The whale's bloodied and bruised carcass washed up just north of Long Beach, Wash.,
The Royal Canadian Navy had been conducting sonar and small underwater explosive activity off southern Vancouver Island over several days about a week before the whale washed ashore, and there was speculation that navy activity could have killed the orca.
A team of veterinarians and biologists who investigated the whale's death said the navy confirmed explosive activity Feb. 4, 5, and 6. The whale washed ashore Feb. 11.
But "no marine mammals were observed during the training activities," said the report released this week by the National Oceanic and Atmospheric Administration in the U.S.
"The activities were too far to the north and downwind of the stranding location to be a consideration."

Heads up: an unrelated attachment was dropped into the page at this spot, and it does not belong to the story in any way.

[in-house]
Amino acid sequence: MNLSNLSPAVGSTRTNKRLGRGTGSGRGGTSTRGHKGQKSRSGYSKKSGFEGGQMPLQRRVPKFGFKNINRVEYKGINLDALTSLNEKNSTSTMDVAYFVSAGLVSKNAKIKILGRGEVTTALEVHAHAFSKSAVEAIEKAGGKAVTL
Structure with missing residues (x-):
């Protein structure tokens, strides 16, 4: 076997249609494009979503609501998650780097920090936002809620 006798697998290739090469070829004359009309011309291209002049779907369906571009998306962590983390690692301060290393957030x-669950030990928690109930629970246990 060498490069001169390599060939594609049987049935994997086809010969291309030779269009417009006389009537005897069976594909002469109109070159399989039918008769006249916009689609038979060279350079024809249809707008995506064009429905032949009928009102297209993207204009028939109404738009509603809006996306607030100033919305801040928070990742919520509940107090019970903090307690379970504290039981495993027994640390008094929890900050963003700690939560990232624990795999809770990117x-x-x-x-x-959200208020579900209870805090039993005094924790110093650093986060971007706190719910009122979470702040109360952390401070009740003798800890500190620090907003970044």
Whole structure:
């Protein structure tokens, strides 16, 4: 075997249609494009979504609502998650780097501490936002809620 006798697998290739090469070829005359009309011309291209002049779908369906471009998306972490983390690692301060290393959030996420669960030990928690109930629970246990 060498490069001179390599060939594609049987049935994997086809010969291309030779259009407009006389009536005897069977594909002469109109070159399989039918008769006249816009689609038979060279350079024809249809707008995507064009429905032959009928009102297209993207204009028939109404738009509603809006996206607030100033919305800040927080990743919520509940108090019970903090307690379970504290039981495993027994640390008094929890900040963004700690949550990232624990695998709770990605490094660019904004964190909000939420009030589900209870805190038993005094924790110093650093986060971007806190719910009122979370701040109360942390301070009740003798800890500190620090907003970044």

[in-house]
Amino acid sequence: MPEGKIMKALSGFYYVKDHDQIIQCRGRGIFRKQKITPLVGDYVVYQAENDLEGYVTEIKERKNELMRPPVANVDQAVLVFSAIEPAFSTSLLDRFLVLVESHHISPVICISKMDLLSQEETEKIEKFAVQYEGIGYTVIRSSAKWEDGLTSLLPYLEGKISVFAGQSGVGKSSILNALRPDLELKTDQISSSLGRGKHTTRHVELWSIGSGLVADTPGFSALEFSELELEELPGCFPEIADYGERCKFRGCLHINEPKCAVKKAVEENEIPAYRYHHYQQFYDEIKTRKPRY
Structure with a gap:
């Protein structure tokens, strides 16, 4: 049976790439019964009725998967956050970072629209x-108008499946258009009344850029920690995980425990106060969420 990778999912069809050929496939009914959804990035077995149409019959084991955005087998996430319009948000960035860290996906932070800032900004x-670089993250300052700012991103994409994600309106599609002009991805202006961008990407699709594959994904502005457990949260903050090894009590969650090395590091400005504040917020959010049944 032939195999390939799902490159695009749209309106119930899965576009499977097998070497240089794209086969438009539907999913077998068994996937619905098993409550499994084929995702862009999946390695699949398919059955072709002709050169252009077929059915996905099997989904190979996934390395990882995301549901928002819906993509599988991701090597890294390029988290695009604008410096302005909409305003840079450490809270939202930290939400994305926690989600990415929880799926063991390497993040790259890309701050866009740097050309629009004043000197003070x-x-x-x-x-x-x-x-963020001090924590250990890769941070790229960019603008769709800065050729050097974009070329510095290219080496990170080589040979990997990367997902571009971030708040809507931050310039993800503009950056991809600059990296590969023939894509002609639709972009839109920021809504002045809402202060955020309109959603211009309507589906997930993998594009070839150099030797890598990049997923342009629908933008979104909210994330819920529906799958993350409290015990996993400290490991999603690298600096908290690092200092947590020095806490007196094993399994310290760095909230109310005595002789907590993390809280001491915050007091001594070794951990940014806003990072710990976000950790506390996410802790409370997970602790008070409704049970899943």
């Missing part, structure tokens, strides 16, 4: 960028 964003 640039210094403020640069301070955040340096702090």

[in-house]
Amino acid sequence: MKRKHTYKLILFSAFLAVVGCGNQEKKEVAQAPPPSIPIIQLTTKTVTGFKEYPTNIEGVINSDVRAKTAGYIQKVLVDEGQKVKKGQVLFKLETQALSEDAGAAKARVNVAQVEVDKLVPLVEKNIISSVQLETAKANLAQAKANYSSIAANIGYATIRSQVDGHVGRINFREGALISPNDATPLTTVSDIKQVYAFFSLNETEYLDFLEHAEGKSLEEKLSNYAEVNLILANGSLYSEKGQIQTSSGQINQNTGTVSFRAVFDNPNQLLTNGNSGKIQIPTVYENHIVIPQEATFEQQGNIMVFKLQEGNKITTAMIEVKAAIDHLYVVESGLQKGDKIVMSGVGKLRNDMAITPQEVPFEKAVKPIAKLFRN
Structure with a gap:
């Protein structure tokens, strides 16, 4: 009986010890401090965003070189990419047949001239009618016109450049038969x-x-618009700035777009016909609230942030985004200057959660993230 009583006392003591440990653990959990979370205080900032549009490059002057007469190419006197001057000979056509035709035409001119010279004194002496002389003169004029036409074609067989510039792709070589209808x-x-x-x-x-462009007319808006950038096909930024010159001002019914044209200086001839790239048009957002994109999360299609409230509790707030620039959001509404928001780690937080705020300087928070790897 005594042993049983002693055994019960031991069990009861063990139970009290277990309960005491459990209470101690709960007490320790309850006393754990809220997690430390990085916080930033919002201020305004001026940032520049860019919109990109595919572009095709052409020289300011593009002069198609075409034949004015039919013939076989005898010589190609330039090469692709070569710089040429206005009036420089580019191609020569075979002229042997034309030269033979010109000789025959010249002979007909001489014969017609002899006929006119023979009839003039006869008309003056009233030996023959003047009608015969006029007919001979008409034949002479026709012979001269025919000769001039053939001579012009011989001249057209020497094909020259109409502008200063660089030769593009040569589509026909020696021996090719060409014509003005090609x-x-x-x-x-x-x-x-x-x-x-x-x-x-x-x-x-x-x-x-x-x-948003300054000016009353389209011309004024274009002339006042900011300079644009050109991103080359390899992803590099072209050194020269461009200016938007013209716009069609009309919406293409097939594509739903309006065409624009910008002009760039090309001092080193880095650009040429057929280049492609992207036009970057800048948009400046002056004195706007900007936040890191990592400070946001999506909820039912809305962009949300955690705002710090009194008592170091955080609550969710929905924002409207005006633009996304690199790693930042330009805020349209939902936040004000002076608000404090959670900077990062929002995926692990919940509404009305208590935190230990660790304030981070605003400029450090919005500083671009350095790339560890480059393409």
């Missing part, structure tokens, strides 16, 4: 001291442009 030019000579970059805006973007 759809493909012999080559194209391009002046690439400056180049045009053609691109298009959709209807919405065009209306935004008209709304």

The team determined the whale did not die in Canadian waters, but more likely near the mouth of the Columbia River or further south along the Washington coast.
The whale was killed by blunt trauma to its head, but the cause of those injuries could not be determined, the report said.
The juvenile female, known as L-112, was a member of an endangered orca pod resident in Puget Sound.
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